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Leticia Soberón is a Mexican psychologist, who also has a doctorate in Social Sciences from the Pontifical Gregorian University and is a cofounder of the Center for Collaborative Intelligence. She has two decades of experience working in communications for the Holy See. In an article published on the Ambito Maria Corral website, she explains that our way of viewing the world allows us to deal with day-to-day life and behave coherently; however, in that day-to-day life, we often demonize other people, and give more importance to ideologies than to people.
“Human beings have many ways of constructing ideas regarding perfection, and of struggling to adapt themselves as much as possible to that mental construct. In fact, there is almost no one who doesn’t have an ideal of perfection to which he or she aspires, either as an individual or as part of a group,” she explains.
“The risk we always run is that of ‘falling in love’ with those ideas, turning them into the sole criterion to which everyone must aspire,” she says. “We can end up being so convinced that everything should be the way we think it should be, that we suffer from increasing dissatisfaction with ourselves and with others.”
This situation is unhealthy, but she says it is also “frequent,” and that it “puts those who suffer from it into interminable friction with reality,” creating a “profound discontent that doesn’t disappear until they are able to question—at least a little—their own ideas, and incorporate new ideas into their way of thinking.”
However, that is easier said than done. “Our worldview is what makes it possible for us to face day-to-day life and to behave consistently. Consequently, she explains, the more simplistic and ‘black and white’ our ideology and beliefs are, the easier it will be to adopt them and the harder it will be to be critical in their regard.”
“Beliefs and ideologies can become so radicalized in people’s head and heart, that they become fanaticism. It is a passionate, uncritical, and impulsive way of adhering to a series of assertions, which allows us to place ourselves in a position of judging as misguided all those who do not share our beliefs.”
“José Lázaro, in his book The Violence of Fanatics (La violencia de los fanáticos, published in 2014), says that there are no deadlier acts than those committed by people who hold fanatical beliefs, because they convert their own ideas into a paradigm that must be followed by the entire world.”
“In this way, they don’t kill just one or two people, such as may occur with a crime of passion; they seek to annihilate anyone who doesn’t think like they, the fanatics, do. There are countless dramatic historical examples of this in the 20th century, but they are also present throughout history, and warn us of how dangerous this phenomenon is.”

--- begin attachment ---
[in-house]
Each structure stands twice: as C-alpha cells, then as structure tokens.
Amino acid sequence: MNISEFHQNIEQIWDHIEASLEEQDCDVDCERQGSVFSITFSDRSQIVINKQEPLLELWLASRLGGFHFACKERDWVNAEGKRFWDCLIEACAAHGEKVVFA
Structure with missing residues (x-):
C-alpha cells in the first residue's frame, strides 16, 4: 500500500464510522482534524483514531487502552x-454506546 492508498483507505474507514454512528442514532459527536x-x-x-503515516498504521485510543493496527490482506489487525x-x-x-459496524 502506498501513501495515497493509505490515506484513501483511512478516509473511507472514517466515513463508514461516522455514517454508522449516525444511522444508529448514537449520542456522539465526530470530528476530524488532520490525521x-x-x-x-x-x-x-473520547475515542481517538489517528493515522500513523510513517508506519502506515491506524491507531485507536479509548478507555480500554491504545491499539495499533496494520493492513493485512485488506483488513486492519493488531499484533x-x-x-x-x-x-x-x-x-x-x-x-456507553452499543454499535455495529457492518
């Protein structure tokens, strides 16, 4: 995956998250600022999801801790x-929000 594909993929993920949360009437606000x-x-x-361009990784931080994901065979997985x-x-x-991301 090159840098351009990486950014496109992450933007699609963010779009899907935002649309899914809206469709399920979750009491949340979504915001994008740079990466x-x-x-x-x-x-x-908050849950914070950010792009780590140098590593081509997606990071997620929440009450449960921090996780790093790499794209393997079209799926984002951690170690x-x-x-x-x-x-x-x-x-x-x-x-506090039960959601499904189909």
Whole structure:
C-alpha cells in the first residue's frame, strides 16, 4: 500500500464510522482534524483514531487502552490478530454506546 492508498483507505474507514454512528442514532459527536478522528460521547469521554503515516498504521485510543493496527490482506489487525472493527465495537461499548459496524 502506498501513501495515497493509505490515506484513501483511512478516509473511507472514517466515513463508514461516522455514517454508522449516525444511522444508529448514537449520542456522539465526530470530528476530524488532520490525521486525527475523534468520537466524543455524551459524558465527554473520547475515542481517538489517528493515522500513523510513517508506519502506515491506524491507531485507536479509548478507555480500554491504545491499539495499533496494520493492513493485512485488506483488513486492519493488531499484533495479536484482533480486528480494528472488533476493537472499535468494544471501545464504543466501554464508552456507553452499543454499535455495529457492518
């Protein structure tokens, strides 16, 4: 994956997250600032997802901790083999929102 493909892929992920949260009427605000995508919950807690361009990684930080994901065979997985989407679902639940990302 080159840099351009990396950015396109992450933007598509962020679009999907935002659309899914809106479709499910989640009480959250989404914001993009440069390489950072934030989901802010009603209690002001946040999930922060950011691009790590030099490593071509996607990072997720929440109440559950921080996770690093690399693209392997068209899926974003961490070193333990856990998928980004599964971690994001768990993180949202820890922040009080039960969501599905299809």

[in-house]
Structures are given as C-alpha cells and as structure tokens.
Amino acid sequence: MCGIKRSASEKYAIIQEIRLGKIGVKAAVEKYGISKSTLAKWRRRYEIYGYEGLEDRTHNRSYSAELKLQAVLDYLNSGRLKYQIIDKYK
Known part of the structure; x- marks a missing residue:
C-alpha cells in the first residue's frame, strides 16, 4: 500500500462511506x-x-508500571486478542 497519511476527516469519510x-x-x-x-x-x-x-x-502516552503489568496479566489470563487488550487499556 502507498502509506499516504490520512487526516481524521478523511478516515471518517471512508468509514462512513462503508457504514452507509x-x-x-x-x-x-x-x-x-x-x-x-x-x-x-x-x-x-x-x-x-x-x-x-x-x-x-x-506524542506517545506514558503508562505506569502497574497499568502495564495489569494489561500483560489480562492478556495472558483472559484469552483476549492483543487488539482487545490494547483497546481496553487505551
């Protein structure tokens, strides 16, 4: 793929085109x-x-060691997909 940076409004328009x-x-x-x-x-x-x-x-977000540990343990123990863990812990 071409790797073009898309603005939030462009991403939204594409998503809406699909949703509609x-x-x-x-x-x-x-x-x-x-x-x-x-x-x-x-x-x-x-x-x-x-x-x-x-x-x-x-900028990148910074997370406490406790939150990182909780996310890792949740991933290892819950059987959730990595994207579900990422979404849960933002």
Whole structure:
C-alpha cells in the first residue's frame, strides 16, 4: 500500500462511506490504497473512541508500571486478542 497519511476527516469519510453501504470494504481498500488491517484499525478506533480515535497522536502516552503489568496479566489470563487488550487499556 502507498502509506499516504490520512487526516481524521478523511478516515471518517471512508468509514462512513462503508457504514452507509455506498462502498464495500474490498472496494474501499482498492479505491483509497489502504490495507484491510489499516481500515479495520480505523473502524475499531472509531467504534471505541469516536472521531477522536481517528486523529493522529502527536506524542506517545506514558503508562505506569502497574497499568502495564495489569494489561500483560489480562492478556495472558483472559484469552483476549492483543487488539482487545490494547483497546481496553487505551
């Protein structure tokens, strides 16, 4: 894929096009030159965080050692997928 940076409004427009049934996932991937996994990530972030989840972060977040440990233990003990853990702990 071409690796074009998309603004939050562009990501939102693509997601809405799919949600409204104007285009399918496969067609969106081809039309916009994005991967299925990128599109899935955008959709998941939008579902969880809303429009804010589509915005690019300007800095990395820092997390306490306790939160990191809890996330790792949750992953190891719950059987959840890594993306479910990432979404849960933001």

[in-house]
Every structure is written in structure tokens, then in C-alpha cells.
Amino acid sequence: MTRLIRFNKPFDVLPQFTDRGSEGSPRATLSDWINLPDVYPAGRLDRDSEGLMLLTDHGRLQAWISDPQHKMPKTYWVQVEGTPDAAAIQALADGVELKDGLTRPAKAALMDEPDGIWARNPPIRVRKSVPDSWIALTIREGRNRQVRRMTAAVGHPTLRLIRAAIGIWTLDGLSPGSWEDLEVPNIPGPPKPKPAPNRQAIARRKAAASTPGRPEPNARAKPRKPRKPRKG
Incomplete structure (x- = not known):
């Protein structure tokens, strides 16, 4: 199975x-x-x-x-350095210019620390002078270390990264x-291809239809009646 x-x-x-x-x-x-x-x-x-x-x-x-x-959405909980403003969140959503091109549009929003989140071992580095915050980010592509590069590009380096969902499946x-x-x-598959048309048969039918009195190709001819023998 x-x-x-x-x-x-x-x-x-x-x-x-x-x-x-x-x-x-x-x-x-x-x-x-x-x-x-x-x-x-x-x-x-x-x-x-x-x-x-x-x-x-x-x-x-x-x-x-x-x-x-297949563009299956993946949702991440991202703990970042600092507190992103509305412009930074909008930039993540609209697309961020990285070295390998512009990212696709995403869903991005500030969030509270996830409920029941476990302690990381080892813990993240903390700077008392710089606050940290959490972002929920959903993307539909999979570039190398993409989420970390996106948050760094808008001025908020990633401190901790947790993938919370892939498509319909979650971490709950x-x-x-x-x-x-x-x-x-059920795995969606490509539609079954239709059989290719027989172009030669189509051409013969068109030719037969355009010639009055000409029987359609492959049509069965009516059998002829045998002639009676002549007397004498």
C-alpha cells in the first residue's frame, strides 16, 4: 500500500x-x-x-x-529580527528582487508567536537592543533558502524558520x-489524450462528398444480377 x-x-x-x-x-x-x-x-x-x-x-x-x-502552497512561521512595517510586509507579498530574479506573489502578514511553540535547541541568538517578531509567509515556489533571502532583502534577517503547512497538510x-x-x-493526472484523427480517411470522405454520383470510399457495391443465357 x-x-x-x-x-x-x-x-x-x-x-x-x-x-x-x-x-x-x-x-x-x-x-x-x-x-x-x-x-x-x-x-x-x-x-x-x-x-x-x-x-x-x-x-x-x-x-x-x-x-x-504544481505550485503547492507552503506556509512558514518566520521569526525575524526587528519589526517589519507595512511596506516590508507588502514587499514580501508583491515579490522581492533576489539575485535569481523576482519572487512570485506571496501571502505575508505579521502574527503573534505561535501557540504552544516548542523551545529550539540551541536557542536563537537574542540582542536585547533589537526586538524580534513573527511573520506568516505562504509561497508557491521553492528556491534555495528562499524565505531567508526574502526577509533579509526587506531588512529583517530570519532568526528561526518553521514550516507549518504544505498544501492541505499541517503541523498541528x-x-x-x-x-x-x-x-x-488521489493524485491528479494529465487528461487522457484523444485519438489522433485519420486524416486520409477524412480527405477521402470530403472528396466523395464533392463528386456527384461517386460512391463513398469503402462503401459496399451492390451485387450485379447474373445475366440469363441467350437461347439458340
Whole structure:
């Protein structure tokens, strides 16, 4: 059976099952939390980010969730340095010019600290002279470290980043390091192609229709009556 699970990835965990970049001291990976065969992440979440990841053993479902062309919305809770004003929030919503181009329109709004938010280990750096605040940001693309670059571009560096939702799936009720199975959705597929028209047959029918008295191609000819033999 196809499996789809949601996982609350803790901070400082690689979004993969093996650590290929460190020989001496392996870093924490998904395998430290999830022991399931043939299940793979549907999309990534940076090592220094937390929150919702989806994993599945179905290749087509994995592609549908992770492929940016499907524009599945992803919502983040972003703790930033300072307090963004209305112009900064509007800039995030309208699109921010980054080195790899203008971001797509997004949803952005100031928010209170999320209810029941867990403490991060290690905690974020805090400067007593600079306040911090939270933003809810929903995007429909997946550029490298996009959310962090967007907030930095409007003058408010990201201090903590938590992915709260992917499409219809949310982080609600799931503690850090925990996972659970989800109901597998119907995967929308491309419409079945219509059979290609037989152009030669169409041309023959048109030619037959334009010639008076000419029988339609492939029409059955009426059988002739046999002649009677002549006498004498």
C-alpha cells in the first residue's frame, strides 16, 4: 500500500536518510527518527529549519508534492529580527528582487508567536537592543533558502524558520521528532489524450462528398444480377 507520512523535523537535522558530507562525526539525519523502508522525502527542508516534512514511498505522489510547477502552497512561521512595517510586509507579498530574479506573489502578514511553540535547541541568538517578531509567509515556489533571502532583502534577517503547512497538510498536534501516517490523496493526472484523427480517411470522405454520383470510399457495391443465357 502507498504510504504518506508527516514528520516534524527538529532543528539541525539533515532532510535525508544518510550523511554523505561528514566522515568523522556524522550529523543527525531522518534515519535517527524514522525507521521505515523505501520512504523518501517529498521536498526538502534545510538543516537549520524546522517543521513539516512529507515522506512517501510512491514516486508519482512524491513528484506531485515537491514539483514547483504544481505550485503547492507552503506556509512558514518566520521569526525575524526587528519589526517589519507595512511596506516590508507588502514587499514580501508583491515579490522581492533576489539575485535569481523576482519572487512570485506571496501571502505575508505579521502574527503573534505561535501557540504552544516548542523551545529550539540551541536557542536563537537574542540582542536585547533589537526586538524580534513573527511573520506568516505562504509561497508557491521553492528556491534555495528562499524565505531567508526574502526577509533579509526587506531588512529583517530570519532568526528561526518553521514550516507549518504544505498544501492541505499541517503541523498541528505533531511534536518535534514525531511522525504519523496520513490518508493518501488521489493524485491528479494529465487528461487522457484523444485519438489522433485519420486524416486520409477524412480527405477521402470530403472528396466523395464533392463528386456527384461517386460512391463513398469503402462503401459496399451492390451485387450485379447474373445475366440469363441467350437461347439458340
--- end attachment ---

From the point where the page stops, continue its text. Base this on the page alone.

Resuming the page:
Soberón holds that “fanatical belief systems are a way of escaping one’s own limitations and those of one’s own ‘tribe,’ of whatever kind it may be. They also become a reference point for obligatory perfection: ‘Either you are like me and think like me, or you don’t deserve to live.’”
This kind of oversimplification of the world is what makes it become divided into “good guys” and “bad guys.”
In the words of psychiatrist Enrique Baca, “the enemy is systematically constructed.” This is how it usually works:
“- Political leaders or opinion makers in a social group with a shared identity insist on the great differences between their own group and that of their adversaries.
– They describe the adversary as a threat to their own group’s families, way of life, children, homeland, etc. This threat is personified by any member of that group; to make their case, they base themselves on prejudice, generalization, and labels.
– Their own group is portrayed as the victim of the threat.
– The other group is described in generalized terms, so that the adversary is increasingly dehumanized, and becomes the enemy; members of the enemy group are granted less and less recognition as persons and are increasingly caricatured, and labeled as stupid, wild beasts.”
– Once the “others” are seen as dehumanized and subhuman, “they are no longer perceived as capable or worthy of dialogue: they must be destroyed.”
“The nucleus of the process of creating the enemy, is dehumanization: those who are different are mentally reduced to anonymous, faceless beings, without individuality. They are nothing but a threat. Taken to the extreme, this is the logic of terrorists.”
“The logic of obligatory perfection for all ends up being, obviously, a source of suffering, violence, and social disintegration. Not all human beings are obliged to seek perfection in the same way, and it is cruel to impose just one paradigm, outside of which there is supposedly no such thing as life worthy of being called human.”